What To Do

So what should our reaction be? If you're reading this on my blog, then you're most likely someone fairly active in the online social conversation. Perhaps you would consider yourself media literate. How then should you respond?

Unfortunately, I don't believe there is a straight answer. In the case of Google the choice must be completely subjective. Do you care if your information is used for purposes you may not have originally envisioned? If not then you're fine.

Are you trying to build a brand for yourself online? If so, weigh how important your own site, blog, Twitter feed, etc. is to your purposes. If you're okay with Google having all of that info and then walling the conversation off inside the confines of Google Buzz, then by all means let them. However, if you're like me you will want to maintain the integrity of your other channels; you will want the conversation to be open and boundless rather than stuck behind one corporate wall.

And if you care about the ethical implications of what Google could do, then you may want to consider your other options. When comes down to it, the more Google is encouraged, the more likely they are to keep pushing these privacy, data collection and information retention practices in new directions. Though Google seems to be making an effort [] to educate people on the importance of taking their online privacy seriously, there is still that big "what if" about Google having all of the data they collect on the possibilities therein.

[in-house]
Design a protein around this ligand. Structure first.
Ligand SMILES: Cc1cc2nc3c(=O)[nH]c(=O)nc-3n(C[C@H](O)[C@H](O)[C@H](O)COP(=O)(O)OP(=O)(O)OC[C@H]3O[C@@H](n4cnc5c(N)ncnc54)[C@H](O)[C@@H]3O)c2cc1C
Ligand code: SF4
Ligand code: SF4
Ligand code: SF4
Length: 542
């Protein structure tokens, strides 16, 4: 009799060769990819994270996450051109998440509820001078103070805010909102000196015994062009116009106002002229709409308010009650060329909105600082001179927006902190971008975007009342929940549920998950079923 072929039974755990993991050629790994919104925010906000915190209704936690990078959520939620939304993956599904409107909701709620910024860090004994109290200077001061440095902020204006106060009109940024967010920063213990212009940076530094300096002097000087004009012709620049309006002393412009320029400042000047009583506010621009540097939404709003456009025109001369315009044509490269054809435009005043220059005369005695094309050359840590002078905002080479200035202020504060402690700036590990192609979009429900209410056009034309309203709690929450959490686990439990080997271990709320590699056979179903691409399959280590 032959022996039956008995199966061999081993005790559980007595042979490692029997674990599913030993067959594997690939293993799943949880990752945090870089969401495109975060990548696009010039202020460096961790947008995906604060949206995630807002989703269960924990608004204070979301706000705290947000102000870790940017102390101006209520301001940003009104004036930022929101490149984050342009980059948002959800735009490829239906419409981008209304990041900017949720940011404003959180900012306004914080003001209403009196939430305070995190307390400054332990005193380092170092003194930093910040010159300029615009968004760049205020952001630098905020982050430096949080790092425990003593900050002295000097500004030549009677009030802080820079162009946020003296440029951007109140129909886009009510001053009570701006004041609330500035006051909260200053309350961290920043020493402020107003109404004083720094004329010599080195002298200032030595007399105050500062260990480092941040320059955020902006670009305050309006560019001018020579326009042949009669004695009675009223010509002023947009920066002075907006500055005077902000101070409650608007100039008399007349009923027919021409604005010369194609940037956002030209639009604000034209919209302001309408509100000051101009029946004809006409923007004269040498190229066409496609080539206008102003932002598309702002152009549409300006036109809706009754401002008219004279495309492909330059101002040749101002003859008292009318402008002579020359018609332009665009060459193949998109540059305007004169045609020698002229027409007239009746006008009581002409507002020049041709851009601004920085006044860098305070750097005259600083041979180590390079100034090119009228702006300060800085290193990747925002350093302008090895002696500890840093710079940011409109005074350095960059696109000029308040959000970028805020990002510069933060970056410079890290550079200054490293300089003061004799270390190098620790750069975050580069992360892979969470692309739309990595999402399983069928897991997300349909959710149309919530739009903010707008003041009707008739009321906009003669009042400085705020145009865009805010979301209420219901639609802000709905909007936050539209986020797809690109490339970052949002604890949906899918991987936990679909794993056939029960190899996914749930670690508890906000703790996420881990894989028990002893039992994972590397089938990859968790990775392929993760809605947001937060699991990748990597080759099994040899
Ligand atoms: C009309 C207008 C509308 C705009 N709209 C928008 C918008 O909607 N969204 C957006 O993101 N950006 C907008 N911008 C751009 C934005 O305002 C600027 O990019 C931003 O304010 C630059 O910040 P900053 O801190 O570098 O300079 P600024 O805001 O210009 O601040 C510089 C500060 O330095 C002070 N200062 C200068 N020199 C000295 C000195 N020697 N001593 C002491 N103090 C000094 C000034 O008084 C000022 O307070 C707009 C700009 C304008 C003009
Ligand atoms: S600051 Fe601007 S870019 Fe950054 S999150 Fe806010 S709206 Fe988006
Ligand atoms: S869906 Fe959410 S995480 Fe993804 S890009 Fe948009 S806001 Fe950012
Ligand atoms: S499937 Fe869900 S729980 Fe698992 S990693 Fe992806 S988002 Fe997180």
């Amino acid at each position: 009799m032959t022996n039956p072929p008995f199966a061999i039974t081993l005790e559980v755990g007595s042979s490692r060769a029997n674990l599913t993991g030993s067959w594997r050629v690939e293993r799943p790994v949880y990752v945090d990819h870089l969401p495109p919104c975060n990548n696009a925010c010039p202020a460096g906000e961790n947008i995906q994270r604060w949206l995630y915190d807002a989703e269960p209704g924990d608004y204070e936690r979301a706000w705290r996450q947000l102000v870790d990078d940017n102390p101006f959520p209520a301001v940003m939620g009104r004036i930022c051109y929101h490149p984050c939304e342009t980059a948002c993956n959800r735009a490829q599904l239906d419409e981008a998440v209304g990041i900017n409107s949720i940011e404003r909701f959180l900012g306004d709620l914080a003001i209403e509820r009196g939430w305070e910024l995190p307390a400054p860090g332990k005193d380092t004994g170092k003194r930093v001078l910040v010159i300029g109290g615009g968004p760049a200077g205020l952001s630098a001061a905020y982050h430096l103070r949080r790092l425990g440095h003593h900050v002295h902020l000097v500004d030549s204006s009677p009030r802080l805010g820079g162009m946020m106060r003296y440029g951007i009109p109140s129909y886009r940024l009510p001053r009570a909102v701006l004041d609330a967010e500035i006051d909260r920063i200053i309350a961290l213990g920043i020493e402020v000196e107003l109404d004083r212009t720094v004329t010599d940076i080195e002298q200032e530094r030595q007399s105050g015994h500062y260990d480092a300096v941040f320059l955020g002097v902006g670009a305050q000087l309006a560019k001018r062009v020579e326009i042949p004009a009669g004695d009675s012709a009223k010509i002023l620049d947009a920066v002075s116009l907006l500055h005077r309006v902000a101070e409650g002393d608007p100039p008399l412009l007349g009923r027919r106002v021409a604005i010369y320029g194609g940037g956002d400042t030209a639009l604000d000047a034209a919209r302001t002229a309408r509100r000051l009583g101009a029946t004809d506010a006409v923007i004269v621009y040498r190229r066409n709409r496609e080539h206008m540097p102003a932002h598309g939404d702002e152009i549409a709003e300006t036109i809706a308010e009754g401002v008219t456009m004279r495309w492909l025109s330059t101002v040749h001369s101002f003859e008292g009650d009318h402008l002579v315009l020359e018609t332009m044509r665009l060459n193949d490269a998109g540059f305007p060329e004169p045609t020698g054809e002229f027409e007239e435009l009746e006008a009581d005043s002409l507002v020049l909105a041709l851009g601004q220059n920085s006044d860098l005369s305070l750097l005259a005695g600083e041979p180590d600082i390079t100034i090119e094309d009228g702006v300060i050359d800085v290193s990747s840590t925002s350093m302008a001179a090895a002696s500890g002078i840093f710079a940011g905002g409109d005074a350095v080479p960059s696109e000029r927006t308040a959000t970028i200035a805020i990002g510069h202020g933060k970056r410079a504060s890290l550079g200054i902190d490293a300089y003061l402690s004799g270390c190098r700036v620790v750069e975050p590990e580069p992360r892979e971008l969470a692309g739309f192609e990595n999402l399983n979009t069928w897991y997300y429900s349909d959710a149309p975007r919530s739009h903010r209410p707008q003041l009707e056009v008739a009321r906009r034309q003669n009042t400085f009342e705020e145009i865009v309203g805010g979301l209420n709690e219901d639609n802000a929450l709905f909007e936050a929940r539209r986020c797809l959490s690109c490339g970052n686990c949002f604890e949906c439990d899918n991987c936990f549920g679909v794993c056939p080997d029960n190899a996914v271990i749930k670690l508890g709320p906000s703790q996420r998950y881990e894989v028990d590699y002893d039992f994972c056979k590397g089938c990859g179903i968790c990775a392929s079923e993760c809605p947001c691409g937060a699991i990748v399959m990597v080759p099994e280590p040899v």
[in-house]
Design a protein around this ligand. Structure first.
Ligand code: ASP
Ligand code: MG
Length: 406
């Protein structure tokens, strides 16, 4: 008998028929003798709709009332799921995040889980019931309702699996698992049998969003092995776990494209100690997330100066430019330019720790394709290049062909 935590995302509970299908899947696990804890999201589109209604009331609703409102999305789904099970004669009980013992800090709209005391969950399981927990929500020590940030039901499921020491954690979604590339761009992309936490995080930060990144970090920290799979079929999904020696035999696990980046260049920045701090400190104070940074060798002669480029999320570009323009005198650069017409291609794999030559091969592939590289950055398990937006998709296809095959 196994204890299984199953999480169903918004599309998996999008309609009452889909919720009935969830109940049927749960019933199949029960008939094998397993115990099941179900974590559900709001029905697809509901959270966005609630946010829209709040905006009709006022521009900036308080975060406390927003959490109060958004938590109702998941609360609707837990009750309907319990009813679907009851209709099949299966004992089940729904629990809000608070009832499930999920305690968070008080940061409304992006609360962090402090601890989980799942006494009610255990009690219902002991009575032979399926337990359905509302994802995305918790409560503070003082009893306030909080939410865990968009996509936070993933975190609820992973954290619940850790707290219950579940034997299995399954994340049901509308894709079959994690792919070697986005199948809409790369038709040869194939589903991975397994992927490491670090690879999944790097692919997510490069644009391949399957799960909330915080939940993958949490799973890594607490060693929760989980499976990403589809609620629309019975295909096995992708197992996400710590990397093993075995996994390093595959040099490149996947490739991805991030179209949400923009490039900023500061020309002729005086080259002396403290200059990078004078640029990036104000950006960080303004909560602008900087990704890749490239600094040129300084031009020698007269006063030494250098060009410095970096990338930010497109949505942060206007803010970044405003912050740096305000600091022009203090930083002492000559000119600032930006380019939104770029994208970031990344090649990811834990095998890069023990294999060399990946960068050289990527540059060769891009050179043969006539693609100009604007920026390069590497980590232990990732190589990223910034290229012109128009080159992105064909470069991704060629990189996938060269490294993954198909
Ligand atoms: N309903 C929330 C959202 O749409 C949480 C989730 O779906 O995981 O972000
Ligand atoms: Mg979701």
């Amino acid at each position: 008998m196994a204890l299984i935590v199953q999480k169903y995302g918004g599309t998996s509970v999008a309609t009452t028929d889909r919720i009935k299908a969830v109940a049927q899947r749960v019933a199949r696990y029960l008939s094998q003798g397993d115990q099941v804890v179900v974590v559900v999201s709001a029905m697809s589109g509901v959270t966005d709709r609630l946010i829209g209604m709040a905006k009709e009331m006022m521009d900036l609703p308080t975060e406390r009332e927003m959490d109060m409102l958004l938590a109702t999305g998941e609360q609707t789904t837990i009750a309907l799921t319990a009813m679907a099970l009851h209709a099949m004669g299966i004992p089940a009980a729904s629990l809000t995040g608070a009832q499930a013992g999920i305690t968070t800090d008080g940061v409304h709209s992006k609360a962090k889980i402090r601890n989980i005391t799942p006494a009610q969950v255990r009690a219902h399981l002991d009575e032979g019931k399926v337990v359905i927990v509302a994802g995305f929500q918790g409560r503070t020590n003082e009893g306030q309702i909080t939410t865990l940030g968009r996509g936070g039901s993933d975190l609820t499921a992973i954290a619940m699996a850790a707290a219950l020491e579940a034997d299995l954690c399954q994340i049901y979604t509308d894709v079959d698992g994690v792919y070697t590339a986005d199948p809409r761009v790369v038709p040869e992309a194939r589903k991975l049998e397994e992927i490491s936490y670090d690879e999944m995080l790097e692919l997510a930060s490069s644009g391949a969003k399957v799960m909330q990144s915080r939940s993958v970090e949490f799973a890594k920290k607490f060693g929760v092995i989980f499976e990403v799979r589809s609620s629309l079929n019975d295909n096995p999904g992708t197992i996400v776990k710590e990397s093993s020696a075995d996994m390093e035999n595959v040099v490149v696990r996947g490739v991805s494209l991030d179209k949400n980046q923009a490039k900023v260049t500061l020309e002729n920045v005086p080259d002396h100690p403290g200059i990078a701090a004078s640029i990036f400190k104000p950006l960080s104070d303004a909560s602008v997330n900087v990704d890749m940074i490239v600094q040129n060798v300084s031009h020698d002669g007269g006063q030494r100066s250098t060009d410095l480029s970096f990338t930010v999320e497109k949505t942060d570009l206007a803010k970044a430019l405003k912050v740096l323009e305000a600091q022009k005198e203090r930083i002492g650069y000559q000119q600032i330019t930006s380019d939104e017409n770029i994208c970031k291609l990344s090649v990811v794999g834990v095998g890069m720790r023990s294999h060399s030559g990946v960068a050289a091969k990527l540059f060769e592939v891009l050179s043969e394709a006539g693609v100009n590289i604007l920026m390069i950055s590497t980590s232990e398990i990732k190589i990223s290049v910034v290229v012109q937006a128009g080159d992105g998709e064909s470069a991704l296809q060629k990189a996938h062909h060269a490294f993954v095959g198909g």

The easy answers on what to do is the line we routinely hear: Use the privacy settings. This is all well and good, but maybe one should go farther and simply use the built-in Buzz status alone without connecting any of the third-party sites. This is especially poignant in a situation where Google would not be deleting the content it imports. Not having your extraneous information directly connected to your Google Profile will keep your online activities away from Big Google's prying eyes.

Of course, privacy on the internet is still much debated. Some people think privacy is pretty much dead. Other people say that the sheer fact of having a choice of what to share and what not to is privacy controls enough. I'd love to hear some discussion on this matter. Hopefully you'll comment on Twitter or the original post so that a lot of people can benefit from the thoughts. But you have what I think. I think Google Buzz is a step backward in the social aspects of social networking, a pretty big privacy risk, and potentially evil (in a Google-sense).